When I was affiliated with Lowell House at Harvard College, each year the dining hall would witness an elaborate yule log procession. Diana Eck, a professor of comparative religion who is co-head of the undergraduate dorm complex, explained that instead of arbitrating among various faiths’ holiday traditions, “we decided to go back to the old pagan bottom line.”
Of course, as Professor Eck understands better than most, there actually is no such thing as a “pagan bottom line.” The farther back you trace legends, traditions, and stories, the more complicated things get. Today, thanks to globalization, the world has a single Santa; but as Jon Ferguson and John Heimbuch discovered when they tried to get to the bottom of the Santa story, the man we now know as Santa Claus has many ancestors, from many different cultures.
That means that the origin story the director (Ferguson) and playwright (Heimbuch) tell in S. Gunter Klaus and the Story Before is just one of many, and appropriately, there’s a bit of an arbitrary feel to the way the show unfolds. The play is set in a remote Norwegian village, and framed as a story being told to the audience by the residents of that village. Ferguson often uses framing devices and fourth-wall-breaking asides as means not to undercut the magic of stagecraft but to highlight it: the story is real, he makes clear, just so long as we all agree to pretend it’s real. Christmas itself, this production implicitly suggests, is one big play in which billions of people participate each December.
|s. gunter klaus and the story before, playing through december 23 at the southern theater. for tickets ($22) and information, see southerntheater.org.|
Sound heady? It is. S. Gunter Klaus is a rich and surprisingly challenging show. The story centers on a quest undertaken by three children (Elaine Patterson, Braxton Baker, and Keenan Schember) who need to undo a darkness (personified by multiple actors) that has been literally let out of the bag and is threatening to envelop the world. The kids’ helpmate is a hermit named S. Gunter Klaus, a coal merchant who also, for reasons that were unclear to me, delivers gifts to the villagers each year. In a climactic confrontation, Klaus—like Obi-Wan Kenobi—undergoes a transcendent transformation that lifts him above the mortal plane, a tragic but triumphant figure who will return each year to fight the darkness.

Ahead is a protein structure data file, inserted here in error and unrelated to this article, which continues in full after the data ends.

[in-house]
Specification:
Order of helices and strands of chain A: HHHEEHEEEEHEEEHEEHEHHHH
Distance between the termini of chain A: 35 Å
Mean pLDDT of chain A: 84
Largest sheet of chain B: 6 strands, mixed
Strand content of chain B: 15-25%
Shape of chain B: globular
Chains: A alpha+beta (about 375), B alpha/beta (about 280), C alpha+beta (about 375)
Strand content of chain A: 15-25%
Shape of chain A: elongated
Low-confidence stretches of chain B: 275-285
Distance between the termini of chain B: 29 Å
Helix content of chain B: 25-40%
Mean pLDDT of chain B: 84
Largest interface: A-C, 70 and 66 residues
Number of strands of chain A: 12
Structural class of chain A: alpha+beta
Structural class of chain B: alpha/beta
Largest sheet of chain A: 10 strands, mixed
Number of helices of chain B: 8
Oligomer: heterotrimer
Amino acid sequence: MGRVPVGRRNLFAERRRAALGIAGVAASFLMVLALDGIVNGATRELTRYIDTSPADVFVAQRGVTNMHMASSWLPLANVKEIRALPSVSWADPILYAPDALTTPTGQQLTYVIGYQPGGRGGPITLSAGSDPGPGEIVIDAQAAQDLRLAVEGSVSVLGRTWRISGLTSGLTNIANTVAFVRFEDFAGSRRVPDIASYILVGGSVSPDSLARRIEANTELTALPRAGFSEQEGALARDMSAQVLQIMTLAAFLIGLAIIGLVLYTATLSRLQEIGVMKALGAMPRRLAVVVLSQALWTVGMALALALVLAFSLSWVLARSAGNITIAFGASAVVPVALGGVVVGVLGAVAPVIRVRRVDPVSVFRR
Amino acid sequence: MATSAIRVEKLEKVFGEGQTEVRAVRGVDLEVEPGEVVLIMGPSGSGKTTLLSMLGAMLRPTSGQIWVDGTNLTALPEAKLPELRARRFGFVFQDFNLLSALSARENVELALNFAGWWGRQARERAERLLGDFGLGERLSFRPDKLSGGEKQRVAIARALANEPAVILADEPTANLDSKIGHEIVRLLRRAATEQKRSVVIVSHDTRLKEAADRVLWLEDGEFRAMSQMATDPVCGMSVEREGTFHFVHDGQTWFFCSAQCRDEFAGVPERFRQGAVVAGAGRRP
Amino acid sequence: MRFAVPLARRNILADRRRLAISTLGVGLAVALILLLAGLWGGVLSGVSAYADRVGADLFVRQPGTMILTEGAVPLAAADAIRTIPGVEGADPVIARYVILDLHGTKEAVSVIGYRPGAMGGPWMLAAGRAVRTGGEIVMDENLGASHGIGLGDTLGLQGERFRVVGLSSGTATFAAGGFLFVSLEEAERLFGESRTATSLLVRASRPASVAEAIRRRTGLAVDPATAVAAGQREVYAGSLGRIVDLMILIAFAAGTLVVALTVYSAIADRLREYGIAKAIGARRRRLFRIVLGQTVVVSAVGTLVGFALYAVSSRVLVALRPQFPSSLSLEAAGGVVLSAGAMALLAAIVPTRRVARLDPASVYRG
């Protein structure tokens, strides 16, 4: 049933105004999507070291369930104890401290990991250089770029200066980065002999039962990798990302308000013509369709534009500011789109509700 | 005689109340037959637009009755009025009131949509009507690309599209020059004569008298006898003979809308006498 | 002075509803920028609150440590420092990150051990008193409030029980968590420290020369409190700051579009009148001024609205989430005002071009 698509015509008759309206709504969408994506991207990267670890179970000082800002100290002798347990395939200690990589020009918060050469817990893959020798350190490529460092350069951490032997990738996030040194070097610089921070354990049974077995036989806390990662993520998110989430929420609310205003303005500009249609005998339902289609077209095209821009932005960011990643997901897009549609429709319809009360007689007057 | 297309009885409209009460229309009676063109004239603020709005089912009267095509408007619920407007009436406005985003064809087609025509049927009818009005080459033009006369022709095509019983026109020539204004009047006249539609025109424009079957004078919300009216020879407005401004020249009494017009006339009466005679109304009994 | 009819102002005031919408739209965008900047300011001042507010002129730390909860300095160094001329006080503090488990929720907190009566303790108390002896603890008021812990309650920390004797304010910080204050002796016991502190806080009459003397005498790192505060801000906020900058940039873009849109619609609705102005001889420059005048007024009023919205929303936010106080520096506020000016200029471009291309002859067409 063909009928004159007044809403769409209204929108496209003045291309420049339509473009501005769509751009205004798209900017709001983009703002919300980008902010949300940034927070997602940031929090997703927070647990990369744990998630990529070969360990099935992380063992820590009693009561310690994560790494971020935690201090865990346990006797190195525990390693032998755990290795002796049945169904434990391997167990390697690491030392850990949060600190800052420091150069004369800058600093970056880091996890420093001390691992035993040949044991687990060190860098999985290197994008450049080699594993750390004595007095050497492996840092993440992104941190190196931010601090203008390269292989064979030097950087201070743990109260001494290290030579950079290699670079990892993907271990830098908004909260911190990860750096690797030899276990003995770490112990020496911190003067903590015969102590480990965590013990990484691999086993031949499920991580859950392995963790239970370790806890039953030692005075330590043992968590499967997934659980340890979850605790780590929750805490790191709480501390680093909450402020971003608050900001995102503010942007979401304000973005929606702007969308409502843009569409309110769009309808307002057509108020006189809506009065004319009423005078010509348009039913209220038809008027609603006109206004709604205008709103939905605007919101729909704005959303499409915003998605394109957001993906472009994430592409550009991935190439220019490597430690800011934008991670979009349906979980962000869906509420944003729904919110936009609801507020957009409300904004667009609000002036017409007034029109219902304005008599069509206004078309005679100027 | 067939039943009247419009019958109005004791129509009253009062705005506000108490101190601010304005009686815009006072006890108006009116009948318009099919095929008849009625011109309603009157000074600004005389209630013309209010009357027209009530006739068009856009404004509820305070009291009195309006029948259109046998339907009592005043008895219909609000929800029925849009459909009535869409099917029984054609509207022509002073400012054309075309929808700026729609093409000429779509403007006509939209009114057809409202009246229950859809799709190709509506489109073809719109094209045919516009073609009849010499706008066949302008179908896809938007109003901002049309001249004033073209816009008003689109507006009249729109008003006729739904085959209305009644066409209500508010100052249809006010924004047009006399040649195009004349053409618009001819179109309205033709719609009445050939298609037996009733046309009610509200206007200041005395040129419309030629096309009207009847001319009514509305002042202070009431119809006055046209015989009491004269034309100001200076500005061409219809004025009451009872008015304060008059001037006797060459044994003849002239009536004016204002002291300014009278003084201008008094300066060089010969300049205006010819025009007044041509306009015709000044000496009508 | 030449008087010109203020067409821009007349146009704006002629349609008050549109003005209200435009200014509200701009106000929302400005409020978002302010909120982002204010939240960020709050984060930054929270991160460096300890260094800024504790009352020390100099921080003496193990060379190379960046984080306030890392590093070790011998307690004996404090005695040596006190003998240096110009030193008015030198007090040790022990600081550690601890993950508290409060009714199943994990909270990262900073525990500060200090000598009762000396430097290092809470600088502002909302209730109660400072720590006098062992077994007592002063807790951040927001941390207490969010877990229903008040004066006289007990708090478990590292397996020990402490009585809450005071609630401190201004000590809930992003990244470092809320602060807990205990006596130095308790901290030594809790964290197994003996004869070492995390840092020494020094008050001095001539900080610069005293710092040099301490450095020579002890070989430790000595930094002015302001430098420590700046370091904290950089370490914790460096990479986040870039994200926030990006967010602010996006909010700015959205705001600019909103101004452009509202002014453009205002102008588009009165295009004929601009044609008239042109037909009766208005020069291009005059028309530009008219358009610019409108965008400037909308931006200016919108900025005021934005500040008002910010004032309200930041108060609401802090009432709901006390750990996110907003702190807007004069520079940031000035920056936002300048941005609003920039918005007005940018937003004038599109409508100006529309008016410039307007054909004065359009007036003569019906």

The specifics of the mandate and the quest and the conflict get a little confusing, but that’s fine—in any Jon Ferguson show, the plot is merely the tree on which to hang ornaments. The ornaments here are many: moments of goofy humor and simple but haunting visual wonders. The set and props are very sparse, making the Southern stage seem as vast as the tundra. When the children trek across it—especially when represented by their little puppet avatars—it does look like a long way. The costumes by E. Amy Hill are charming; I particularly enjoyed the white-felted gnomes, the villagers’ tall striped hats, and the black-clad darkness, which looks like something straight out of the Soap Factory’s Haunted Basement.
The ensemble of actors are uniformly strong, but the show is stolen by Piper Sigel-Bruse, a young actress who plays so many roles I won’t even try to list them (I think that’s even her in the darkness suit) and finds the right pitch for each one. She conveys a genuine heart-on-sleeve enthusiasm with a slightly winking tone that’s perfect for this material.
In his program notes Ferguson says that his goal in S. Gunter Klaus was to create a Santa story that was “darker and more earth based” than most. He and Heimbuch have certainly done that, but I found myself wanting the show to come unfettered, to leave the earth (and its earthy humor) behind and lift into the transcendent space Tim Cameron’s warm, spacious score keeps pushing it towards. Despite its uncluttered stage, S. Gunter Klaus is a show crowded with incident and dialogue; when making a new myth, it might be best to start simple.
In the holiday-theater taxonomy, S. Gunter Klaus fits in the same category as Open Eye Figure Theatre’s Holiday Pageant: witty, wordy, and weird productions that re-imagine traditional tales. Both shows take you to other realms, but neither qualifies as escapist entertainment. In the land of S. Gunter Klaus, you’ll need your wits about you—those elves are pretty sharp.
|This event is featured in the Daily Planet’s complete guide to holiday theater. Throughout the holiday season, the guide will be updated with links to new Daily Planet reviews—so you know who’s been naughty and who’s been nice.|